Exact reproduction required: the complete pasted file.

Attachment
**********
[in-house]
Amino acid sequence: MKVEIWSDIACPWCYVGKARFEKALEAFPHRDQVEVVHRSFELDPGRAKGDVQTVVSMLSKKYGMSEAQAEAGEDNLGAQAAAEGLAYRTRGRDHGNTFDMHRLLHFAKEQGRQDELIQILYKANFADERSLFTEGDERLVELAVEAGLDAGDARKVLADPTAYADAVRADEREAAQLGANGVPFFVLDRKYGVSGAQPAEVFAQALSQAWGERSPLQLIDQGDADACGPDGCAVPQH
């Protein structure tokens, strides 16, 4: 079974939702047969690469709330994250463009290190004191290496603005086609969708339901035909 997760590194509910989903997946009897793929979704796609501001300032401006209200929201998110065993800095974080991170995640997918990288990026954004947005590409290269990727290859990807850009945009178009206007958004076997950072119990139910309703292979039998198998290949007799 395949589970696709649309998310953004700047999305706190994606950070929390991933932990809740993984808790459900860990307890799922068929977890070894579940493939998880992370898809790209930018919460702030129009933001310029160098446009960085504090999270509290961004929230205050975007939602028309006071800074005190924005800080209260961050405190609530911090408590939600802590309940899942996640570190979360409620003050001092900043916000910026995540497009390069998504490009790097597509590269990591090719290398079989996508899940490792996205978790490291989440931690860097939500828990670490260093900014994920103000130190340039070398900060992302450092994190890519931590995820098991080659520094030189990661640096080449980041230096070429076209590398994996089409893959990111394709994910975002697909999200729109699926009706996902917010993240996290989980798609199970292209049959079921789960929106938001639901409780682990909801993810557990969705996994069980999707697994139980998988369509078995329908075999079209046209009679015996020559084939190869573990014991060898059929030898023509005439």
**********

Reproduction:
[in-house]
Amino acid sequence: MKVEIWSDIACPWCYVGKARFEKALEAFPHRDQVEVVHRSFELDPGRAKGDVQTVVSMLSKKYGMSEAQAEAGEDNLGAQAAAEGLAYRTRGRDHGNTFDMHRLLHFAKEQGRQDELIQILYKANFADERSLFTEGDERLVELAVEAGLDAGDARKVLADPTAYADAVRADEREAAQLGANGVPFFVLDRKYGVSGAQPAEVFAQALSQAWGERSPLQLIDQGDADACGPDGCAVPQH
């Protein structure tokens, strides 16, 4: 079974939702047969690469709330994250463009290190004191290496603005086609969708339901035909 997760590194509910989903997946009897793929979704796609501001300032401006209200929201998110065993800095974080991170995640997918990288990026954004947005590409290269990727290859990807850009945009178009206007958004076997950072119990139910309703292979039998198998290949007799 395949589970696709649309998310953004700047999305706190994606950070929390991933932990809740993984808790459900860990307890799922068929977890070894579940493939998880992370898809790209930018919460702030129009933001310029160098446009960085504090999270509290961004929230205050975007939602028309006071800074005190924005800080209260961050405190609530911090408590939600802590309940899942996640570190979360409620003050001092900043916000910026995540497009390069998504490009790097597509590269990591090719290398079989996508899940490792996205978790490291989440931690860097939500828990670490260093900014994920103000130190340039070398900060992302450092994190890519931590995820098991080659520094030189990661640096080449980041230096070429076209590398994996089409893959990111394709994910975002697909999200729109699926009706996902917010993240996290989980798609199970292209049959079921789960929106938001639901409780682990909801993810557990969705996994069980999707697994139980998988369509078995329908075999079209046209009679015996020559084939190869573990014991060898059929030898023509005439």